Some of the little ones are showing signs of the "red spots" infection. This is what it looks like:
And here's a closeup:
And here is Red Fox's lesion back on February 12, which has totally healed now.
We still don't know if it's bacterial, viral, fungal or parasites. I'd like to catch one and bring it to the vet to see if we can get a diagnosis, but they get skittish when they have this disease which makes them more paranoid than usual and harder to catch.
We lost several of the babies this winter over in the west side of the park, in the area near the fountain. The snow storms hit them particularly hard as they were already weakened by the disease, and they just couldn't survive.
Unfortunately, the infestation has now spread to the east side of the park. A couple of the darling gray babies over there have become infected. Here's one:
And I recently discovered that Mr. Operator -- a fully grown healthy adult -- has the disease. He had a big red boil on his back that looked painful. It's starting to look a little better now, as he has a fully developed immune system which I guess is helping him to fight it off. Click for a slightly larger view:
The other day I gave him some avocado with red marine algae sprinkled on top. He ate some of it, but maybe not enough. If this is squirrel pox then it's a virus that might be treatable with the drug zovirax (acyclovir), which is used to treat viruses in the herpes family. Red marine algae is an inexpensive alternative to the drug, and is possibly even more effective. But it does have the taste of seaweed, which may be a turn-off for squirrels. So I try to bury the taste in avocado or peanut butter.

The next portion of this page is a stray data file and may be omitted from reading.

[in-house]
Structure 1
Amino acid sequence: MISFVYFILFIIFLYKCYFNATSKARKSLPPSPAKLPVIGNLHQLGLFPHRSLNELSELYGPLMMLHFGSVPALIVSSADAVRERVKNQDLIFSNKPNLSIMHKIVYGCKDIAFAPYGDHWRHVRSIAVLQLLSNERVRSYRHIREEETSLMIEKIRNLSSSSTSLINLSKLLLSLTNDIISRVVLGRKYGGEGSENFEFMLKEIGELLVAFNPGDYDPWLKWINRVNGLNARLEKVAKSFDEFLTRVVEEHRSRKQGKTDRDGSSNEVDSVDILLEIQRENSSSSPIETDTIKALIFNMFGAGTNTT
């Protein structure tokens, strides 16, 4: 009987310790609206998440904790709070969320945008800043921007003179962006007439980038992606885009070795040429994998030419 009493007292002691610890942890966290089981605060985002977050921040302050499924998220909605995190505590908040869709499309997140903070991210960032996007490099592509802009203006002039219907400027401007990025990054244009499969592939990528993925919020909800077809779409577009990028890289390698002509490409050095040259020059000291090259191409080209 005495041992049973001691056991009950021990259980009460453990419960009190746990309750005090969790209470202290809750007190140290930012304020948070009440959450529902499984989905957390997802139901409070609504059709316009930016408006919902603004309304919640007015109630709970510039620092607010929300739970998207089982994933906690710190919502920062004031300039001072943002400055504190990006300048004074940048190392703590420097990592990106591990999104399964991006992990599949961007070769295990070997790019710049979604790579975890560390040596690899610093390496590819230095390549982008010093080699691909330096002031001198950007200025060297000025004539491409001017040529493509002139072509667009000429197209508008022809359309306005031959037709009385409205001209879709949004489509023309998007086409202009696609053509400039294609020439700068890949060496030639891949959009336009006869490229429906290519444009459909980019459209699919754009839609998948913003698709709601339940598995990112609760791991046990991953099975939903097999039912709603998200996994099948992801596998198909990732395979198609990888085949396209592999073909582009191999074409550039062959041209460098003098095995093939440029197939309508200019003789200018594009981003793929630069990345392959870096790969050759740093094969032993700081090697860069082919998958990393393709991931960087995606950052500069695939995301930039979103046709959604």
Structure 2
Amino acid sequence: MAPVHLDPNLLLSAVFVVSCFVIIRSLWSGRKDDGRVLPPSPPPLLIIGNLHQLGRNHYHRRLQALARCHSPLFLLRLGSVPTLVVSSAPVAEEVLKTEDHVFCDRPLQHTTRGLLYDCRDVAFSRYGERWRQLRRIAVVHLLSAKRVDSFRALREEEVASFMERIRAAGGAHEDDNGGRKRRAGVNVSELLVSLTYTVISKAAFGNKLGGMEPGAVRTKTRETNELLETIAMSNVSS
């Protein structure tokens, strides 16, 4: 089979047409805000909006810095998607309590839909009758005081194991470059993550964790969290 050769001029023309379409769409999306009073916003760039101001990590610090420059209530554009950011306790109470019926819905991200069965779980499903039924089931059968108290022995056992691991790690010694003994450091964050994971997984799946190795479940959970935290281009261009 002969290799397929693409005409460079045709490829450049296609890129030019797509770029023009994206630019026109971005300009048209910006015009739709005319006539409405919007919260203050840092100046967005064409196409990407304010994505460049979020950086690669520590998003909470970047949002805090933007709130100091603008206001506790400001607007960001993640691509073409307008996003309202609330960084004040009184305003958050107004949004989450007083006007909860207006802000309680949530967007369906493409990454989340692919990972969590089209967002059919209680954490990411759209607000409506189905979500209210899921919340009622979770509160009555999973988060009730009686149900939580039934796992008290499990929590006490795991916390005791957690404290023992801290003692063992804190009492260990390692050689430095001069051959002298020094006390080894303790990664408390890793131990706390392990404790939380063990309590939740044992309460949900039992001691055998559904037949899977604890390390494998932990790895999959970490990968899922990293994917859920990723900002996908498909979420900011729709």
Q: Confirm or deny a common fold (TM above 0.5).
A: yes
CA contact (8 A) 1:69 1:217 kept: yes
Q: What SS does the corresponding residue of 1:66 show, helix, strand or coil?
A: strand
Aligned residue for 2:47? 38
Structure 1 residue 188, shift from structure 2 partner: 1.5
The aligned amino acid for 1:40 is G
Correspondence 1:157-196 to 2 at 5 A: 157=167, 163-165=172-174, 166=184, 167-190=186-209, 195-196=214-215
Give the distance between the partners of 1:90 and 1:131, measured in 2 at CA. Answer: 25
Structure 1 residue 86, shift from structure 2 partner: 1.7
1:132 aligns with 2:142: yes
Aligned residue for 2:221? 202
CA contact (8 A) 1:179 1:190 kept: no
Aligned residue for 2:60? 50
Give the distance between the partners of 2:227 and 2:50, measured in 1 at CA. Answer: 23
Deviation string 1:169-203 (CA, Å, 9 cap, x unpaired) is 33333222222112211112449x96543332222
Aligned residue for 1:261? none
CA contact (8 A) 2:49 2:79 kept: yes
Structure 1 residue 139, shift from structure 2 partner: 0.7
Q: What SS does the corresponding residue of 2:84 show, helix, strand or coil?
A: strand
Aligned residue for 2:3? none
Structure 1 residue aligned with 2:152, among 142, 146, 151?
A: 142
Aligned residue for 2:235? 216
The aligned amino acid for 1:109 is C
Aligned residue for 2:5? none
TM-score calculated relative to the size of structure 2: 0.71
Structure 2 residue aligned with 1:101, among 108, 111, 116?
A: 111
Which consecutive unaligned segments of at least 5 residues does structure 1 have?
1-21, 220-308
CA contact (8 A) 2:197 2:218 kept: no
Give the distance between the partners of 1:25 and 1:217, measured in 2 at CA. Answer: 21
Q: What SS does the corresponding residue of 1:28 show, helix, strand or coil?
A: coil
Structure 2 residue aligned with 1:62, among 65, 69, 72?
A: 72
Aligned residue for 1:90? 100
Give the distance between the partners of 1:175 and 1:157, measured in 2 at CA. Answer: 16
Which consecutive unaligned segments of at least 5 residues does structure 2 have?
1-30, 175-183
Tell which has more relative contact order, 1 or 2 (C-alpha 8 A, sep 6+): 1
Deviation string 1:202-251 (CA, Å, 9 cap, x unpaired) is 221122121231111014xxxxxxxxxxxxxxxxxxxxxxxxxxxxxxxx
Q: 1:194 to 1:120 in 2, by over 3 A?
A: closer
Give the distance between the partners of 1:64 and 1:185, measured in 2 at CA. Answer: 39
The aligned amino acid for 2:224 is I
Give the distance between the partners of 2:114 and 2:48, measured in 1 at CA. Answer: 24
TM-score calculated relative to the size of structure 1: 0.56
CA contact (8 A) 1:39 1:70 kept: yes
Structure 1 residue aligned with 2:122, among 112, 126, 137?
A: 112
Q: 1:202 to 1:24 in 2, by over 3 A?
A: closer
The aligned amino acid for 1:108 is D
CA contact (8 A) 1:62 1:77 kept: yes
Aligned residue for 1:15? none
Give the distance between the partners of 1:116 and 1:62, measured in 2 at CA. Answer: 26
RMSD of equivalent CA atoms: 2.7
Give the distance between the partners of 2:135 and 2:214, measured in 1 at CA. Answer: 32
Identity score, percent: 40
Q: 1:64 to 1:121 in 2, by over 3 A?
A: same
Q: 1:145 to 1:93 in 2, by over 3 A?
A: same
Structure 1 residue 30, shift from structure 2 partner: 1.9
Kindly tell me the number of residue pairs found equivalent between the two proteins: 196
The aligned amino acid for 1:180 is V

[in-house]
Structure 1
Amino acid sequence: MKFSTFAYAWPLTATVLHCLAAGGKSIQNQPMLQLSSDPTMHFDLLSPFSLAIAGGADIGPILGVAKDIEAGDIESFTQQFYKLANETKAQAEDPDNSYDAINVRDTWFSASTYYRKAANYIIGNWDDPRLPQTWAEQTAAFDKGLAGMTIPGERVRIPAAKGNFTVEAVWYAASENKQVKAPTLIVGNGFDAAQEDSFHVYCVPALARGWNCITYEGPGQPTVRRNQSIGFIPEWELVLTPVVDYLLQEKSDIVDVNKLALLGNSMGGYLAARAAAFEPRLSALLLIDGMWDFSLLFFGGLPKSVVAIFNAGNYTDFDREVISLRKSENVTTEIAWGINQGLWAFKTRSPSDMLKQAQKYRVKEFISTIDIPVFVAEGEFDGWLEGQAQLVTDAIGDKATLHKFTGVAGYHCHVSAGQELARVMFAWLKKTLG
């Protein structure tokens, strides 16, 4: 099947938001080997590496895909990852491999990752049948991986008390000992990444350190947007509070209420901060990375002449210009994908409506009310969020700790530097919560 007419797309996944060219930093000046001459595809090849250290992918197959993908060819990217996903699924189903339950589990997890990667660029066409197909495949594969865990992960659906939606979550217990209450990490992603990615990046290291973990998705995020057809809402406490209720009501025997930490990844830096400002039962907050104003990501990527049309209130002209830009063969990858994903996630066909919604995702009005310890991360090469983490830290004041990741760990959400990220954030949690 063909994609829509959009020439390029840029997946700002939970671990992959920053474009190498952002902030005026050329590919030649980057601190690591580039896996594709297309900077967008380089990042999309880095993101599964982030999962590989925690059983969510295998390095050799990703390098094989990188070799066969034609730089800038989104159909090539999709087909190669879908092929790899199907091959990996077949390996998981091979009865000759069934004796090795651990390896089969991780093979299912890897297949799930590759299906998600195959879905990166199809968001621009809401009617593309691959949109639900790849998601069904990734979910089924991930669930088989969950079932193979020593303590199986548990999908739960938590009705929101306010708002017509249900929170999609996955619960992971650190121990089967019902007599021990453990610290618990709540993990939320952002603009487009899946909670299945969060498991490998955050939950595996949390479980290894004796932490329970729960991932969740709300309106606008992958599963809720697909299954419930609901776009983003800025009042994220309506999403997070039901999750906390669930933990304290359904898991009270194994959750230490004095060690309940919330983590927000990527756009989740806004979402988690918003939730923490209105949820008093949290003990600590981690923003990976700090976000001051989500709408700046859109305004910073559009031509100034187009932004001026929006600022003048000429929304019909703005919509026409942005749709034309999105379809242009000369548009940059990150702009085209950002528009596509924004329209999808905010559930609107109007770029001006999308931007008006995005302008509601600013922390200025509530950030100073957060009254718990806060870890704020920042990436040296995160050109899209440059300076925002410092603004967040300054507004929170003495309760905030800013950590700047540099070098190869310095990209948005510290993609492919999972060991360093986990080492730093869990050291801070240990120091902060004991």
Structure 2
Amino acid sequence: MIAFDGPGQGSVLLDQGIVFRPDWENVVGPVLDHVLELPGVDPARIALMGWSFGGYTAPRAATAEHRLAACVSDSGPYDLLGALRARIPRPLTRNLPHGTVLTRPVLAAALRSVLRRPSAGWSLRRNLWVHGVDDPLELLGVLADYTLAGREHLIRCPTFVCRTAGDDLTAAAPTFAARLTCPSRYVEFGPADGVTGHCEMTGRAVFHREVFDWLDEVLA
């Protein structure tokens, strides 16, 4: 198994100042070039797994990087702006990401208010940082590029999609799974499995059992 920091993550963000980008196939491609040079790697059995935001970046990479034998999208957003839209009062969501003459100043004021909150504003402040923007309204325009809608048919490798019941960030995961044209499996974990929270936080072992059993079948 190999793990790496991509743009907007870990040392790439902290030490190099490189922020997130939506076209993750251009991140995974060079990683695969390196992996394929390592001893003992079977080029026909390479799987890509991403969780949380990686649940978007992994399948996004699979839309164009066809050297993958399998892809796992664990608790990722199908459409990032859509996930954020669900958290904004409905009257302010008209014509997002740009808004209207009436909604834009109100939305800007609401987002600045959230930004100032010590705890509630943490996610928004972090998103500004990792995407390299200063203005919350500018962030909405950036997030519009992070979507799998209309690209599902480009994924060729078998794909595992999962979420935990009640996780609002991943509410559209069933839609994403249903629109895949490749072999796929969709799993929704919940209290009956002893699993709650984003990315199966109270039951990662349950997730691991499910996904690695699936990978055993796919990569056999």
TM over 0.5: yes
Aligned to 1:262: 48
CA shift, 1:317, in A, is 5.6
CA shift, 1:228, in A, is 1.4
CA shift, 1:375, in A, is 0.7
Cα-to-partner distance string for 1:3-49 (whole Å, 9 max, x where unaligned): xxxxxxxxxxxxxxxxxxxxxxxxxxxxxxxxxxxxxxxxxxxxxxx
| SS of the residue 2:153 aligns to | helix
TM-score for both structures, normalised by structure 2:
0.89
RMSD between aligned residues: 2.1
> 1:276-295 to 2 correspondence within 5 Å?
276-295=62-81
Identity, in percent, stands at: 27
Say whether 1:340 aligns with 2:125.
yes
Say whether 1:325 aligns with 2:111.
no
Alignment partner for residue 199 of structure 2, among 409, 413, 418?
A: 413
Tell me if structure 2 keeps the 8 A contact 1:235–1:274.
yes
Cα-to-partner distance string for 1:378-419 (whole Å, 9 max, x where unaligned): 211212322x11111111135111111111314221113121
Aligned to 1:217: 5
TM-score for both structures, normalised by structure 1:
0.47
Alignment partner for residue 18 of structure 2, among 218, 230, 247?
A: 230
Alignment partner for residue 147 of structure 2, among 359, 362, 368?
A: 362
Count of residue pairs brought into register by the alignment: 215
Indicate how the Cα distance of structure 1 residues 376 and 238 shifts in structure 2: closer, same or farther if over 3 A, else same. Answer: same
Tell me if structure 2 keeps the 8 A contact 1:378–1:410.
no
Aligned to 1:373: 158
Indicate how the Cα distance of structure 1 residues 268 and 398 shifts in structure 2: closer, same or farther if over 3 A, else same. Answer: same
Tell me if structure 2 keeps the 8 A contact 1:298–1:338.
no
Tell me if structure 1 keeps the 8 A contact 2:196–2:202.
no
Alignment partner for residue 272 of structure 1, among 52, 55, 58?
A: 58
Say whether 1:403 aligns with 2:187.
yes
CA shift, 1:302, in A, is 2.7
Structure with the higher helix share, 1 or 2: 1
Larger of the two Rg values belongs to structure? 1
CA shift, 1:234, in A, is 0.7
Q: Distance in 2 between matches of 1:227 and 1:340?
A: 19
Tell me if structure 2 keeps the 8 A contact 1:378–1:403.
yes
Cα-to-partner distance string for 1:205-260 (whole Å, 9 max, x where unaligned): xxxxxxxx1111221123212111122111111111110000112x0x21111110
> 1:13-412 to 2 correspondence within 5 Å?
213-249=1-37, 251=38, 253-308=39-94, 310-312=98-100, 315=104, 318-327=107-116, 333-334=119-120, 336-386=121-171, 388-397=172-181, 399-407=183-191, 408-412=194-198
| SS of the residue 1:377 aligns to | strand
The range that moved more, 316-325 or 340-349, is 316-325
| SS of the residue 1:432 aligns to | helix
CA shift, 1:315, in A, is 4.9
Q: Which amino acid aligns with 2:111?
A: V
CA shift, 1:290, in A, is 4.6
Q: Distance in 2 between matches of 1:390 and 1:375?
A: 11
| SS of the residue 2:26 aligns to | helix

Today I gave him and the babies fresh coconut, which is supposed to be a great antiviral. And they liked it. Luckily the Korean Deli sells it, already cut up and ready to serve. It's a treat for the squirrels, sort of like ice cream. When they get a piece they take off for places unknown to enjoy it -- that's how you know it's a special treat.